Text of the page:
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315MHz transmitter and reciever w/ LED

Discussion in 'General Electronics Discussion' started by tracy rivera, Jun 23, 2012.

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  1. tracy rivera

    tracy rivera

    Jun 23, 2012
    Can someone please tell me exactly how i can take a basic 315MHz transmitter and receiver set and hook it up so that whenever the transmitter gets energized by a basic 9v battery, an LED light on the receiver part turns on and stays on until the 9v battery on the transmitter is disconnected?

    Please be specific. w/diagram if possible.
    Thank you::eek:
  2. (*steve*)

    (*steve*) ¡sǝpodᴉʇuɐ ǝɥʇ ɹɐǝɥd Moderator

    Jan 21, 2010
    First you get a basic 315MHz transmitter and receiver, ensuring that the transmitter can be powered from a small 9V battery (for simplicity I have assumed the receiver can also be powered from a 9V battery and that no tuning is required).

    Generally speaking, when power is applied to a transmitter, it begins to transmit an unmodulated carrier. This will result in the receiver (if within range) having an output that takes a DC value (it may be high or low, depending on the receiver).

    Assuming the receiver's output is digital (or DC coupled) you can connect a LED directly up to the output (perhaps with a current limiting resistor -- not shown) and it will either turn on or turn off when the carrier is received. You can play about with the connection of the LED and you may be able to get it to turn ON when the carrier is received.


    At this point your circuit does what you basically want.

    However there are some issues:

    1) another transmitter on the same frequency will also turn the LED on.

    2) with your transmitter off, the LED may remain ON, or ON at a reduced brightness, or it may flicker on and off (or it may just turn off)

    3) If the battery on the receiver goes flat, then the receiver may fail to operate, it may operate with reduced range, or the LED may simply be less bright.

    4) If the battery on the transmitter gets flat, it may stop operating, or operate with reduced range.

    5) If the transmitter is moved with respect to the receiver, the LED on state may be determined by obstacles, state of charge of the batteries, and distance.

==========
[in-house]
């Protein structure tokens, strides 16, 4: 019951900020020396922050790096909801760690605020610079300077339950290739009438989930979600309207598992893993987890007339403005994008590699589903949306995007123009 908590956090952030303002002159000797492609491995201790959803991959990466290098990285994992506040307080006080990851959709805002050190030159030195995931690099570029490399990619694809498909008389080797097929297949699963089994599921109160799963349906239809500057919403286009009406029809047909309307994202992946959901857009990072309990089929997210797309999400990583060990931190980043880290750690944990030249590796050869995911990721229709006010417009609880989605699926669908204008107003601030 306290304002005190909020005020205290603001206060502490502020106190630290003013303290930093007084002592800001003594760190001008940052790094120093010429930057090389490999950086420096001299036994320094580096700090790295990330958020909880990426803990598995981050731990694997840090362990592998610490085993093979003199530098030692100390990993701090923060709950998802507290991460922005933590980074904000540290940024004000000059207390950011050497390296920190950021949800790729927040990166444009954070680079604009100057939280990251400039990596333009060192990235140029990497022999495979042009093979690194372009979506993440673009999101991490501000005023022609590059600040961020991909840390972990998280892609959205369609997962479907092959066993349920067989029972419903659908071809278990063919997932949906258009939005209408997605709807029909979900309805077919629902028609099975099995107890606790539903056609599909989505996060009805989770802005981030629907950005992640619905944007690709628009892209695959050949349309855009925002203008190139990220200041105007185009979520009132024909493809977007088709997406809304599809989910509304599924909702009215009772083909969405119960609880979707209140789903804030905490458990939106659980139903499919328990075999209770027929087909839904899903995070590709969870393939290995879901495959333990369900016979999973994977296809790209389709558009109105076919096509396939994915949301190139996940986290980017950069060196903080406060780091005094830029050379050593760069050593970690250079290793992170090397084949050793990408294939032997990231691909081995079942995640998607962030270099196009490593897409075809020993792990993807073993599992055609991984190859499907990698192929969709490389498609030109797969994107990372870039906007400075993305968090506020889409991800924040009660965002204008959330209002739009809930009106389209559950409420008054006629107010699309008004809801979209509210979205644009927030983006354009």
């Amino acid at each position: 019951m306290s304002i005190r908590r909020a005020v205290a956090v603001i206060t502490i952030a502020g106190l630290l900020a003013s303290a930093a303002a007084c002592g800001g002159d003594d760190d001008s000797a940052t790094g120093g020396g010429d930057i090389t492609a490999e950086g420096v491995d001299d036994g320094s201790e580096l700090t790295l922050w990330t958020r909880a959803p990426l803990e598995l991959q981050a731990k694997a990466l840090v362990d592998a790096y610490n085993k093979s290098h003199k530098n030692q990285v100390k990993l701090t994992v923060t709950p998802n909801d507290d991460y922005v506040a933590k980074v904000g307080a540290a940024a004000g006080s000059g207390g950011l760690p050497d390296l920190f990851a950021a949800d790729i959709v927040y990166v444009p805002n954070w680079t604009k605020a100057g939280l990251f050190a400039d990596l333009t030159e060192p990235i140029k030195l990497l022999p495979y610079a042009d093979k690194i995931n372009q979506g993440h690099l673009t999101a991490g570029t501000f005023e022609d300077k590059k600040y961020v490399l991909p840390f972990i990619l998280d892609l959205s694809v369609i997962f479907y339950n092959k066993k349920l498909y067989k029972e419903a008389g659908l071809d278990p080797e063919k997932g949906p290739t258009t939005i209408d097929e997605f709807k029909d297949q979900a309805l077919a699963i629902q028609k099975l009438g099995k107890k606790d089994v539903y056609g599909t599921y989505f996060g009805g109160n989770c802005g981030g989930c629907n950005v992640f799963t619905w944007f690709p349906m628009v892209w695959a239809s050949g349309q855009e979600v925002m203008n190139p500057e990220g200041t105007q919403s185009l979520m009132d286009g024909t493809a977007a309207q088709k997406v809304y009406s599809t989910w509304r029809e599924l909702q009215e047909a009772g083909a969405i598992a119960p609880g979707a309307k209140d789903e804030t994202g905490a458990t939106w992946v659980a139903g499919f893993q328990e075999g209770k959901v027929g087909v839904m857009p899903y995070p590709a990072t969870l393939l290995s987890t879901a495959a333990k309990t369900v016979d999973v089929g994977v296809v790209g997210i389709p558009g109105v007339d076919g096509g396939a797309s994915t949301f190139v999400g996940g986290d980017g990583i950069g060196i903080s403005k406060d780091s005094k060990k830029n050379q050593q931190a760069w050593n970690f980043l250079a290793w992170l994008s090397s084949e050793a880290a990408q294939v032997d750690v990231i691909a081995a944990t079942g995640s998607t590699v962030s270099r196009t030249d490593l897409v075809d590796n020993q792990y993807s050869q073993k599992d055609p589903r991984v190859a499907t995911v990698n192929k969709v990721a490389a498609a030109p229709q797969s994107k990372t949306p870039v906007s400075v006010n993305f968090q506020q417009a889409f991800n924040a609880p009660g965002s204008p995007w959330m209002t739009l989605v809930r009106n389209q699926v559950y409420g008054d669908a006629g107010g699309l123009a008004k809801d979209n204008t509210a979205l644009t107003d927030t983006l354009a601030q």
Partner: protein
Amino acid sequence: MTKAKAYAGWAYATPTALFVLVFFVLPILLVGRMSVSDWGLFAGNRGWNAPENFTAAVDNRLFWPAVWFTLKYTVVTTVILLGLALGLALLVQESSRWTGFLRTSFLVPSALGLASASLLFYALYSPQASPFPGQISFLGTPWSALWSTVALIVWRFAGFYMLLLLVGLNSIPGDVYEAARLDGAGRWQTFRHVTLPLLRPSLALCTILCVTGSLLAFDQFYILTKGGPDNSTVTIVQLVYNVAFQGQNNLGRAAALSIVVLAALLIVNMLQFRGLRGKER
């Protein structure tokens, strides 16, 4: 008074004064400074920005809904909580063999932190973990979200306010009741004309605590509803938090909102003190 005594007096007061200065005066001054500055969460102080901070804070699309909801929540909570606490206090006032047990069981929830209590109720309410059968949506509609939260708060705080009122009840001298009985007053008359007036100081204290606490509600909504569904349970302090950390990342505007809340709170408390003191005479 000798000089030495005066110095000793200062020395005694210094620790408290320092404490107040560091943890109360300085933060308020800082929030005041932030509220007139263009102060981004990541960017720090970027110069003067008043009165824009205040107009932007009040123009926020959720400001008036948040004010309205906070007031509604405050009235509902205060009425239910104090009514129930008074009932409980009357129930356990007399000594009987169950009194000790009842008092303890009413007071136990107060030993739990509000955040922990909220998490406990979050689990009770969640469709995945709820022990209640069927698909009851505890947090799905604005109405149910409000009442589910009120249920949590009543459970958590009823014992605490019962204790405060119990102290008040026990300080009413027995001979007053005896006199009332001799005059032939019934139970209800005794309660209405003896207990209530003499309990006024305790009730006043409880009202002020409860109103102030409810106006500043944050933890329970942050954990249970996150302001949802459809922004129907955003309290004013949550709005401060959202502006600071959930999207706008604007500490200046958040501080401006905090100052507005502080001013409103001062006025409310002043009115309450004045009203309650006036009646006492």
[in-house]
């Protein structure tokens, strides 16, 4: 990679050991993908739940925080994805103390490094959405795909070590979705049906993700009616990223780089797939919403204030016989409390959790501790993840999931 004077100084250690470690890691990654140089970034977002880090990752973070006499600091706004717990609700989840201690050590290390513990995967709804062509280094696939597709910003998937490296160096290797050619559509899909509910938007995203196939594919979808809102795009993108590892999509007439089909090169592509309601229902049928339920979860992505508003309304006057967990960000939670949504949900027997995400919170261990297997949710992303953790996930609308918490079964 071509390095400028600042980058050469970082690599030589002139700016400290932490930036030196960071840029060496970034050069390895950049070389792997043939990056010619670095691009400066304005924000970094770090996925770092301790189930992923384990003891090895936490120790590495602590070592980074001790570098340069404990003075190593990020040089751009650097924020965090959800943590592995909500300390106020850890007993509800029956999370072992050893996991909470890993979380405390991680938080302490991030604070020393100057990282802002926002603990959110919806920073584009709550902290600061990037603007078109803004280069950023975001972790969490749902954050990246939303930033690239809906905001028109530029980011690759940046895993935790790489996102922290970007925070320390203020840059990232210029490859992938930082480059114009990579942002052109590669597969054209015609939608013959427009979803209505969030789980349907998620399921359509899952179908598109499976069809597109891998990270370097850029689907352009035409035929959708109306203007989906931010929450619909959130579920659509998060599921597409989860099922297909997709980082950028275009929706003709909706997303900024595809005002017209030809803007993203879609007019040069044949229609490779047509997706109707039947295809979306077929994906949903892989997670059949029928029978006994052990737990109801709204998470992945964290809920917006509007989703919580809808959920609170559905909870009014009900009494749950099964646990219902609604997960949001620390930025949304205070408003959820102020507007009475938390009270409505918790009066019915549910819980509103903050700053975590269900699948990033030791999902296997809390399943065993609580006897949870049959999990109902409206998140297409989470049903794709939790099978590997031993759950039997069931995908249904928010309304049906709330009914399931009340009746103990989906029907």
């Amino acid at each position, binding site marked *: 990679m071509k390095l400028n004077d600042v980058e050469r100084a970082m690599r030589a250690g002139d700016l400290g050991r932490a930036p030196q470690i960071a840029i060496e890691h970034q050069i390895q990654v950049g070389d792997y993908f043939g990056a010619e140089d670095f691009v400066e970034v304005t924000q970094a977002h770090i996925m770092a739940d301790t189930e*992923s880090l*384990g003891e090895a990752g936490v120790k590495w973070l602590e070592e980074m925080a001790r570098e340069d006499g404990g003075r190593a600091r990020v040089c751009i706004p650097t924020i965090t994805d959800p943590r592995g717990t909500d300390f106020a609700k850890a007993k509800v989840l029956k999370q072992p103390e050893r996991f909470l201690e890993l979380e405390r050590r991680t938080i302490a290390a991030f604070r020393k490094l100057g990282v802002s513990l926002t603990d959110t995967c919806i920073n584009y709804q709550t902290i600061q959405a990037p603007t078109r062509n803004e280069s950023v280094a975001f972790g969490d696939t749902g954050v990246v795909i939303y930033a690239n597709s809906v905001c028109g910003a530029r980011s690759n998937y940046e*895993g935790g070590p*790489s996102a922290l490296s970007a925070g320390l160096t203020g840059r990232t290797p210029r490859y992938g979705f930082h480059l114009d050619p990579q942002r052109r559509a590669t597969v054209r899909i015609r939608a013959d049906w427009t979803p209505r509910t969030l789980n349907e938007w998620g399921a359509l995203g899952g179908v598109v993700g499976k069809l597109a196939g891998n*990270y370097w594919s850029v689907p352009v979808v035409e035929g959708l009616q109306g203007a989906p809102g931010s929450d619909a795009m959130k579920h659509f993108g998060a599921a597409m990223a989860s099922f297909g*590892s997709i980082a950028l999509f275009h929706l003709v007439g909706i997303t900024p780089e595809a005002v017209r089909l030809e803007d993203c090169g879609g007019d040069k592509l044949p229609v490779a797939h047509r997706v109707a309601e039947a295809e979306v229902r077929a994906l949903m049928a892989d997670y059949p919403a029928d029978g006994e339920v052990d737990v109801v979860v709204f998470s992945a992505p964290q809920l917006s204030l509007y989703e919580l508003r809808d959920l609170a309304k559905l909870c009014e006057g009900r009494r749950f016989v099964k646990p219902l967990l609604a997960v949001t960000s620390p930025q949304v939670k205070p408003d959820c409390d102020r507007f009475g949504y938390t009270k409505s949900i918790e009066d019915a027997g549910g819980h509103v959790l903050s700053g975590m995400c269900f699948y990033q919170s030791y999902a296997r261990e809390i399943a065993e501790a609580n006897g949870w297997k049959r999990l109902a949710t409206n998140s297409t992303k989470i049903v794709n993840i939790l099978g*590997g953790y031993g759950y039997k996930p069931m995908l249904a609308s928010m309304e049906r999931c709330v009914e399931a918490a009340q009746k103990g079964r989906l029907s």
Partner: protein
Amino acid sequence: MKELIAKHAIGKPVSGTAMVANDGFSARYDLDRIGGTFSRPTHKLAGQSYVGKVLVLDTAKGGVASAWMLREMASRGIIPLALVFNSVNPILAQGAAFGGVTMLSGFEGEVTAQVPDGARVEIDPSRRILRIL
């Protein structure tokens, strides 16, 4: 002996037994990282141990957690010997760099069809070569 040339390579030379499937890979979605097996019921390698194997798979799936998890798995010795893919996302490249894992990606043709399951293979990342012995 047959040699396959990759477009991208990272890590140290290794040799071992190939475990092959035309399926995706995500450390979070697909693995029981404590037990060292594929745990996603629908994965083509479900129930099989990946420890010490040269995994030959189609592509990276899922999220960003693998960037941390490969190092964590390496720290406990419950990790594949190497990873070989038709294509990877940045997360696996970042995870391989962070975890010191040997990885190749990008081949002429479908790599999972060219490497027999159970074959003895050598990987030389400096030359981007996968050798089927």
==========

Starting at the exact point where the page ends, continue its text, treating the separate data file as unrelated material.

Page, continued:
In some respects this solution satisfies your requirements, since you do not actually specify what is to happen when the battery is disconnected from the transmitter (actually, a LED connected to a battery via a resistor technically satisfies your requirement of a LED being on while another battery is connected to a transmitter)

    However, I suspect you want the LED to go off when the battery is removed from the transmitter :)

    Here is where things can go wrong as I have suggested above. Because the receiver is still active, it will try to pick up a signal an many receivers will just output noise (like the hiss you hear between stations on a radio).

    For this reason, a practical device will typically transmit a modulated signal, and the receiver will look for this modulation to signify that it is (or is not) receiving a valid signal. This adds extra complexity, but pretty much fixes points (1) and (2) above. The other three points are practical limitations based on availability of power (or transmit power/receiver sensitivity).

    Attached Files:

  3. CocaCola


    Apr 7, 2012
    And thank god for cheap Asian RF modules that remove that complexity for those that desire to take advantage of it...

    As always not a recommendation or endorsement, just a random Ebay link...
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